Randi Foraker, PhD, MA, FAHA

Associate Professor, Department of Medicine, Division of General Medical Sciences

Randi Foraker, PhD, is focused on applying epidemiology and informatics techniques to solve problems in the population health domain.

Background

Randi Foraker, PhD, is the Faculty Lead for Population Health Informatics in the Institute for Informatics and an Associate Professor of General Medical Sciences at Washington University School of Medicine in St. Louis. Dr. Foraker also serves as Faculty Director for the Data Management and Training Center for the Institute for Public Health. Dr. Foraker specializes in the design of population-based studies and the integration of electronic health record data with socioeconomic indicators, and is well recognized in the field of cardiovascular disease epidemiology. Her recent research has focused on the application of clinical decision support to complement risk scoring in primary care, cardiology, and oncology. Her research portfolio has been supported by a combination of governmental and industry grants and contracts. Previously, Dr. Foraker served as an Associate Professor of Epidemiology at The Ohio State University College of Public Health.

Dr. Foraker received her PhD in epidemiology from The University of North Carolina at Chapel Hill, where her research focused on evaluating the impact of socioeconomic status on incident cardiovascular disease, receipt of cardiovascular treatments, and the progression of heart failure. Dr. Foraker also received her undergraduate and graduate degrees in education and health promotion, respectively, from The University of Iowa.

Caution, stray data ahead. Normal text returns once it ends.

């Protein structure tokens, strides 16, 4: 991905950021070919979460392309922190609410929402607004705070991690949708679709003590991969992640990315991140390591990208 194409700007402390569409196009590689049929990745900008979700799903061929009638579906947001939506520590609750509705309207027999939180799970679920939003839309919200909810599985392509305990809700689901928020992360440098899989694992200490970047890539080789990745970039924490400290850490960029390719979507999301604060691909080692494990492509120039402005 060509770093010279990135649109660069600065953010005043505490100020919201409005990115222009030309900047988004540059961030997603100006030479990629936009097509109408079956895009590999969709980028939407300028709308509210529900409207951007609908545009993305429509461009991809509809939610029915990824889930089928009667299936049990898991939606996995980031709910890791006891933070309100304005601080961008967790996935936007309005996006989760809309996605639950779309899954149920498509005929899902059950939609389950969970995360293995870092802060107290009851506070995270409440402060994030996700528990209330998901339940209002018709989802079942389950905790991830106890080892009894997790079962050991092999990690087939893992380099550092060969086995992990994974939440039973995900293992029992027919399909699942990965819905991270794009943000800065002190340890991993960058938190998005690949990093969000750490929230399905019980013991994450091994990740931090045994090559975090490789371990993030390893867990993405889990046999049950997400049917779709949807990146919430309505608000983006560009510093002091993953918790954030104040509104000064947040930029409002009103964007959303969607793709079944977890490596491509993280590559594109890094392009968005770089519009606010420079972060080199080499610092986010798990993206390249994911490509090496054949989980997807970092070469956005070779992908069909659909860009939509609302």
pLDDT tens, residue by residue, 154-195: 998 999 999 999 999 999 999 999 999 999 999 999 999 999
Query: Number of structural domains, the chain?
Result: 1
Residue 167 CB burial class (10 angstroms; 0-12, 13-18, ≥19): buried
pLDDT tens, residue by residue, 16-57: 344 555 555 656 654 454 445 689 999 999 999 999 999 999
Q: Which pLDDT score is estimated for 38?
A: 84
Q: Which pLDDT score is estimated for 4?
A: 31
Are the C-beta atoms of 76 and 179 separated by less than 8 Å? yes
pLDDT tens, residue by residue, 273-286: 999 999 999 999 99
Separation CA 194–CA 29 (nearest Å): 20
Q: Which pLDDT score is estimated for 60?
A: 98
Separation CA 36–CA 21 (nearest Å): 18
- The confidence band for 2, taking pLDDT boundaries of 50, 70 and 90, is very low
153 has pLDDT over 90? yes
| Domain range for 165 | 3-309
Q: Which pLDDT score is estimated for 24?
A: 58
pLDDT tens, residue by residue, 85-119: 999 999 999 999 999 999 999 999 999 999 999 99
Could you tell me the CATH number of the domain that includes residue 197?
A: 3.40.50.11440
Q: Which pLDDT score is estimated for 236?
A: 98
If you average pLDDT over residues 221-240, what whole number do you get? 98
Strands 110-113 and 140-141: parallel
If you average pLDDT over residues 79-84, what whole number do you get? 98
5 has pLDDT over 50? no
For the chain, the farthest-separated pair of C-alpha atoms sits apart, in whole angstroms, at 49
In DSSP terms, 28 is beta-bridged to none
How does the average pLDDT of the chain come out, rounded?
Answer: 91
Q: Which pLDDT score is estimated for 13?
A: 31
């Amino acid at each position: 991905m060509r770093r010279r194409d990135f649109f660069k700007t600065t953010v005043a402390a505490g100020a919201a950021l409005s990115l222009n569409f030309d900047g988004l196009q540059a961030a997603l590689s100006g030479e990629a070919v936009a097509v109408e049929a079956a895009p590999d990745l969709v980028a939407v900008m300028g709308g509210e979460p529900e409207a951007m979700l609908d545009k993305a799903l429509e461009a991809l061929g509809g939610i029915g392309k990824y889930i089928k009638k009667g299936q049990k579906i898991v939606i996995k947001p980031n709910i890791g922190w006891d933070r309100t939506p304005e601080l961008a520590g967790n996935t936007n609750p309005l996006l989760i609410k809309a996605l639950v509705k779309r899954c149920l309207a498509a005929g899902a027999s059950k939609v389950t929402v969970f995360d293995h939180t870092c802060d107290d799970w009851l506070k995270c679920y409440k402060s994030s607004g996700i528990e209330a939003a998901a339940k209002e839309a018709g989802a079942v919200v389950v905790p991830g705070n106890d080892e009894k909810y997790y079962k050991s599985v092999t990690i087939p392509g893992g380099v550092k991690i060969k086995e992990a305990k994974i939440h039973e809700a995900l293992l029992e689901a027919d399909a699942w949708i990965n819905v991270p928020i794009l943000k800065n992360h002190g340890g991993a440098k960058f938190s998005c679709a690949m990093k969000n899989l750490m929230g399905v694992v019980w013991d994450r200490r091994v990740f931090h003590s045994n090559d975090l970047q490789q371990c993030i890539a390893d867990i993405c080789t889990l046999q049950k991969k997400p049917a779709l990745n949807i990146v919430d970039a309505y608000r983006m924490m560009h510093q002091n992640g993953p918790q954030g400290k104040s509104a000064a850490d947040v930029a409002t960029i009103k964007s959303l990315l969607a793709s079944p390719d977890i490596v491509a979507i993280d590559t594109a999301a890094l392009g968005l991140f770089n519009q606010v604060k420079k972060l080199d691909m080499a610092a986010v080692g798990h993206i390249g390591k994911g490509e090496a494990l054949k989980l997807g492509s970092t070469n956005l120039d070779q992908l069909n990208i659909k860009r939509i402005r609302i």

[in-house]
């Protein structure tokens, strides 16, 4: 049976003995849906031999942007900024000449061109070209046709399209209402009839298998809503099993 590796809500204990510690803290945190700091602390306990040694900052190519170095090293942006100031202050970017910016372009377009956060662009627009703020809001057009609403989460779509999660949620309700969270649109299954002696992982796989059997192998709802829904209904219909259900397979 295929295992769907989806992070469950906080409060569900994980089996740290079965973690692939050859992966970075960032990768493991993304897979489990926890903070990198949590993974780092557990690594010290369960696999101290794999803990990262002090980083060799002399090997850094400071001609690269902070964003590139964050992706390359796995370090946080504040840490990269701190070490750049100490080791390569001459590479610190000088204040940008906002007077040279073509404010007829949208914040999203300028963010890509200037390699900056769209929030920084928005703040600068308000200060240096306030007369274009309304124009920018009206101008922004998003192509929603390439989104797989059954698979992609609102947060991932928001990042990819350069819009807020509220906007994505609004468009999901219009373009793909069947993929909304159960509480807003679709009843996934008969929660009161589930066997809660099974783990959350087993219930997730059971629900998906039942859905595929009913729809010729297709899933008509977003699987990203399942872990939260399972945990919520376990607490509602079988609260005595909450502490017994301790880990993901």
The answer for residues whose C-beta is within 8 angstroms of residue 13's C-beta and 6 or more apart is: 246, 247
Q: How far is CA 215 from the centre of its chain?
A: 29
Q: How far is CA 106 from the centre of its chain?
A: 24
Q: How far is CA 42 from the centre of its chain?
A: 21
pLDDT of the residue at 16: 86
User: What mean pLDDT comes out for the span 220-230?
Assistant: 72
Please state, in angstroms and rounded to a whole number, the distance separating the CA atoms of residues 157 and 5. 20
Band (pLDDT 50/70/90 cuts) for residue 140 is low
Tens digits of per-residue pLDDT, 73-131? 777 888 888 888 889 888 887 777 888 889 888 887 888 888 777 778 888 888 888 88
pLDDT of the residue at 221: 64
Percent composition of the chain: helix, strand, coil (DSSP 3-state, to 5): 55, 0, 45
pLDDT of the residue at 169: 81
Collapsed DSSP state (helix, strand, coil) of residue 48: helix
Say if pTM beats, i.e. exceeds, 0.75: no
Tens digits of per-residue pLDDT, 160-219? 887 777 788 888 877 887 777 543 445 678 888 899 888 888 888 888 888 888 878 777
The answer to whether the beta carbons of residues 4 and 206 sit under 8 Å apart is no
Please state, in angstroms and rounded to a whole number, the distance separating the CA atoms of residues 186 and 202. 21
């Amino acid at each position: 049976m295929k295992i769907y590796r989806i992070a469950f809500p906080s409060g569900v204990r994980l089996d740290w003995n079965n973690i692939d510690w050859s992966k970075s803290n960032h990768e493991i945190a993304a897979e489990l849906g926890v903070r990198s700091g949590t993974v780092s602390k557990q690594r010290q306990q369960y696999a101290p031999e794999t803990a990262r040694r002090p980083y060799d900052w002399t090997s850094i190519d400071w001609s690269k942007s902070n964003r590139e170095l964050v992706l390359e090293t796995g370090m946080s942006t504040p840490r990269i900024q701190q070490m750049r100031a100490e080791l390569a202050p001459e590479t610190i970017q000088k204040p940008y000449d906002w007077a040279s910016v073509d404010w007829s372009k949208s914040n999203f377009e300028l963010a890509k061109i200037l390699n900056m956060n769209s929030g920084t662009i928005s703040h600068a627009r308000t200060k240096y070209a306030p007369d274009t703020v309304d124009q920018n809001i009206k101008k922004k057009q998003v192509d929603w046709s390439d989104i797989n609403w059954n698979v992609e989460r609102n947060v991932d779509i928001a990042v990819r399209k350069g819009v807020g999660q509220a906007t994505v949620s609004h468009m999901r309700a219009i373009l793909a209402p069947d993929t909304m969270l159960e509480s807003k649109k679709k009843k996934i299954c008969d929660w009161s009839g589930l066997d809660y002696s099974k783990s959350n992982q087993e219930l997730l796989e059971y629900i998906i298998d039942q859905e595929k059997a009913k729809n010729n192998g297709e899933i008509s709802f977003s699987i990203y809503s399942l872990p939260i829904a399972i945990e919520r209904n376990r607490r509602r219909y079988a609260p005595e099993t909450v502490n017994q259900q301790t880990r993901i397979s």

Research Interests

  • Approaches for the integration of socioeconomic and patient-reported outcome data with electronic health record data
  • Interventional approaches to the use of electronic health records in order to address modifiable risk factors for disease and enable patient-centered decision making
  • Study design methodology and data analysis

Lab Members

  • Erica Fletcher, PhD Candidate, The Ohio State University College of Public Health